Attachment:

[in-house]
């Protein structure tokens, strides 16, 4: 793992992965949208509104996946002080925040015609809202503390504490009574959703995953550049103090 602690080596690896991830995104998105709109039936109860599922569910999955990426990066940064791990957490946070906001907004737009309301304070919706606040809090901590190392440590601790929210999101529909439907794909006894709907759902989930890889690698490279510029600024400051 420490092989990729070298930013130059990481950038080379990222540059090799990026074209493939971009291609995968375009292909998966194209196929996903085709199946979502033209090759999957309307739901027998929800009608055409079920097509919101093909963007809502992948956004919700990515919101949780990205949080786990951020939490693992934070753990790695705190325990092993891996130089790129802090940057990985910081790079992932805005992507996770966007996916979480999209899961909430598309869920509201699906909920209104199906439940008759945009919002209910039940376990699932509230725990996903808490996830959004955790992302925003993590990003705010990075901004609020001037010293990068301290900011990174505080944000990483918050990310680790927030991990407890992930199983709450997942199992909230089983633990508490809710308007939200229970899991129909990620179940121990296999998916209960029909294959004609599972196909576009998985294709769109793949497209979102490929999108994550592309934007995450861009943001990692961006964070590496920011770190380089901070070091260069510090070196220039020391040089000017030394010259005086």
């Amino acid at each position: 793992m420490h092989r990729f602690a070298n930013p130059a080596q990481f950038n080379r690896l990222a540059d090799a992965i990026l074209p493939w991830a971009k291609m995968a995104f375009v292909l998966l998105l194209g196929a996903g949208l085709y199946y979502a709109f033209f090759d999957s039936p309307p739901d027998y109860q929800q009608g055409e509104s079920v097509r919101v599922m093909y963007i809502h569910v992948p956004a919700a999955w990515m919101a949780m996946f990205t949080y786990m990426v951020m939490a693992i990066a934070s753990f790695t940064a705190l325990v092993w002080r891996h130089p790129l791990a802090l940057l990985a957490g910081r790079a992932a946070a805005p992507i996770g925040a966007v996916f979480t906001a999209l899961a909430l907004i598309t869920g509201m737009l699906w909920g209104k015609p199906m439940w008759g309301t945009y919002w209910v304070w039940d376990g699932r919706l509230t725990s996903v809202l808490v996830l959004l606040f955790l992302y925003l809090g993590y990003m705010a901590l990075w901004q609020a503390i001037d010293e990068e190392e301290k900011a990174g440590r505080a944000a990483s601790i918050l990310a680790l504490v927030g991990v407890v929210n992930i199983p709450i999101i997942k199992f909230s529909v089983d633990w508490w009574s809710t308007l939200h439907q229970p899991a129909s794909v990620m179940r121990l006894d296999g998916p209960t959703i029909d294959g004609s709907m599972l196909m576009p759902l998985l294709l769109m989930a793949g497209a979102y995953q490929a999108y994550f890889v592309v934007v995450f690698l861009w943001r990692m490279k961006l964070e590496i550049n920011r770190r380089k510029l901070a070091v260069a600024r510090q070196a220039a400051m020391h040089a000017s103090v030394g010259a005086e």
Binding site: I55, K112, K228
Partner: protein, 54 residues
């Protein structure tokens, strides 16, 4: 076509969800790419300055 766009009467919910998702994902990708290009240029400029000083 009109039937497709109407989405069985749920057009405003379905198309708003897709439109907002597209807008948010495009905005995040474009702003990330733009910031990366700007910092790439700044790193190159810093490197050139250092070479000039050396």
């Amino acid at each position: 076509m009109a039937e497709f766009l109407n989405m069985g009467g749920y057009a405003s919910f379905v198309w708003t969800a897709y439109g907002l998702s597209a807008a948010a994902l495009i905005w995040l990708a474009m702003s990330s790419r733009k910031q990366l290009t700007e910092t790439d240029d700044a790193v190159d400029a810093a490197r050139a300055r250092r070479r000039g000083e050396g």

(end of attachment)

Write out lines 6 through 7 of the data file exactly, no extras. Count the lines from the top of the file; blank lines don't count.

């Protein structure tokens, strides 16, 4: 076509969800790419300055 766009009467919910998702994902990708290009240029400029000083 009109039937497709109407989405069985749920057009405003379905198309708003897709439109907002597209807008948010495009905005995040474009702003990330733009910031990366700007910092790439700044790193190159810093490197050139250092070479000039050396």
């Amino acid at each position: 076509m009109a039937e497709f766009l109407n989405m069985g009467g749920y057009a405003s919910f379905v198309w708003t969800a897709y439109g907002l998702s597209a807008a948010a994902l495009i905005w995040l990708a474009m702003s990330s790419r733009k910031q990366l290009t700007e910092t790439d240029d700044a790193v190159d400029a810093a490197r050139a300055r250092r070479r000039g000083e050396g």